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Are Plasma TVs Making a Comeback?

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plasma tv with palm trees

By Alfred Poor, dealnews contributor

A recent press release from the Plasma Display Coalition paints a rosy picture for plasma HDTV sales in the U.S. this year. It cites data from the market tracking firm NPD that indicates plasma sales from January through April topped one million units, up from 805,000 units for the same period last year, amounting to a 25% increase. The release also points out that LCD HDTV unit sales only increased 2% over those same periods.

A Lot for Less

There are good reasons why plasma HDTVs have seen good unit sales numbers. You can talk about their excellent black levels, and the fact that the high image refresh rates make them well-suited for stereoscopic 3DTV using shutter glasses, but these factors likely take a back seat to something even more important: price.

Compare the price of equivalent plasma and LCD models and you're likely to find a strong advantage in favor of plasma. For example, the LG 42" 42LD520 LCD HDTV is available for $549 including shipping. This is an attractive price, especially for a model with 120 Hz refresh rate. On the other hand, the LG 42" 42PT350 plasma HDTV is available for $540 with free shipping. The deal also includes a $100 gift card, however, which effectively drops the price to $440. In the end, you would pay almost 25% more for the LCD model.

Or consider this: The LG 47LX6500 is a 47" LCD HDTV with 3DTV support, and it's available for $1,102 with free shipping. Now compare that with a Panasonic TC-P50ST30 50" 1080p plasma HDTV with 3DTV support for $973 including shipping. The smaller LCD costs 13% more.

Low-Cost Models

The fact is that consumers have been buying the lower-cost plasma models at a faster clip, which has driven the increased sales. Many of the units shipped to the North American market have been 720p resolution models in the smaller sizes, according to Paul Gagnon of DisplaySearch. In large part, these are made in older factories such as those from LG and Samsung, and are not the high-end 1080p products made by companies like Panasonic. Panasonic had plans to double its production capacity, but has slowed those growth plans. LG and Samsung have increased their plasma production, but simply by adding more shifts and running the production lines around the clock. Since the original investment in their older plants has already been paid back, they can afford to sell the products at a lower cost.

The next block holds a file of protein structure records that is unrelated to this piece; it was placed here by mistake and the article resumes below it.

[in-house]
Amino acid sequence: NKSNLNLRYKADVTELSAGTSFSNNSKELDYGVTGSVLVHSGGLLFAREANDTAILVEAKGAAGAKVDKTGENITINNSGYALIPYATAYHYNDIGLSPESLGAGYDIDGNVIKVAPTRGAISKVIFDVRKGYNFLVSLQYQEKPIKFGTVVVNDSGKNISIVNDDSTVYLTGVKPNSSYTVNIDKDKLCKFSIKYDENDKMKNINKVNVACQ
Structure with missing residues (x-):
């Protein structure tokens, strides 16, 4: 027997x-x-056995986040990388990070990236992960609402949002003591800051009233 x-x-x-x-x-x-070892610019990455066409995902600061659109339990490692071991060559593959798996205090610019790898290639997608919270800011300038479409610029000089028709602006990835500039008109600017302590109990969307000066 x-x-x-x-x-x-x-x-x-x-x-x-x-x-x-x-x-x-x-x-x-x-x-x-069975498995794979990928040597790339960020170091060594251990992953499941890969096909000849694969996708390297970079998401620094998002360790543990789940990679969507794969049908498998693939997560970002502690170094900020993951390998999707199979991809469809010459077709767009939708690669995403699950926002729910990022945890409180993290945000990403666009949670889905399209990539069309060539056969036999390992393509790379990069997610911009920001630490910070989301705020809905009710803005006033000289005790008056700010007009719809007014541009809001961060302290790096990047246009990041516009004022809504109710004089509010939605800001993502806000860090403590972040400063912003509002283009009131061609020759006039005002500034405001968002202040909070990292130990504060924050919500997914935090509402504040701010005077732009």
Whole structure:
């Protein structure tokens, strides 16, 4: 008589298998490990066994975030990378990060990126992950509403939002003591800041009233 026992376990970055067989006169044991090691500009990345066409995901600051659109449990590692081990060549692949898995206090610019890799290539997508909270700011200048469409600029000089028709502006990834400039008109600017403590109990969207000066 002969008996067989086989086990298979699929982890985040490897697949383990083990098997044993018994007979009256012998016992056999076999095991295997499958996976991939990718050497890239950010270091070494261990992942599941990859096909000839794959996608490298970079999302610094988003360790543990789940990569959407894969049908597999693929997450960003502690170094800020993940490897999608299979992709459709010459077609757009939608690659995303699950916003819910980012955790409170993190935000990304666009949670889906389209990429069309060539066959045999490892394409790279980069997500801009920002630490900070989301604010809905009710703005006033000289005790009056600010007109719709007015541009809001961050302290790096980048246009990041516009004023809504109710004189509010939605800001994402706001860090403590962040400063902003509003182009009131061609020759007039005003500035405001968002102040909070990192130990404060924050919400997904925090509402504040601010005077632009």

A Dim Future

Despite this increase in unit sales, the future for plasma is dim because revenues have remained flat. In other words, the manufacturers are selling more product but not making any more money.

While plasma technology has certainly improved in recent years, it still faces many challenges in its effort to compete with LCD. LCDs are thinner and lighter in general, especially with new LED edge-lighting designs. LED backlights also provide enormous advantages in terms of lower energy consumption, reaching efficiencies that plasma cannot match at present. And LCD panel production continues to improve with higher efficiencies and lower-cost materials, producing products that rival the black level and viewing angle performance of plasma.

As a result, plans for expanding plasma production are on hold. In contrast, companies are moving ahead with major investments in new production capacity for LCD panels, especially in the larger sizes where plasma used to have an advantage.

As a result, DisplaySearch has forecast plasma HDTV shipments to start to decline slowly starting next year. Over the same period, unit shipments of LCD HDTVs are expected to grow by 8% to 11% a year. As prices continue to drop, LCDs are likely to see little or no growth in revenues in spite of the increased unit shipments, but plasma will have to deal with 10% to 15% annual declines in overall revenue.

The bottom line is that plasma has probably evolved as far as it is going to go for HDTV applications. The immediate future belongs to LCD technology, and while plasma is not likely to go away any time soon, its share of the display market worldwide will continue to shrink.



Alfred Poor, known on the Web as the HDTV Professor, is an independent technology industry analyst and freelance writer based in Pennsylvania, specializing in PC-compatible microcomputer hardware and software products. He was a contributing editor to PC Magazine and Computer Shopper, and currently is a columnist at HDTV Magazine.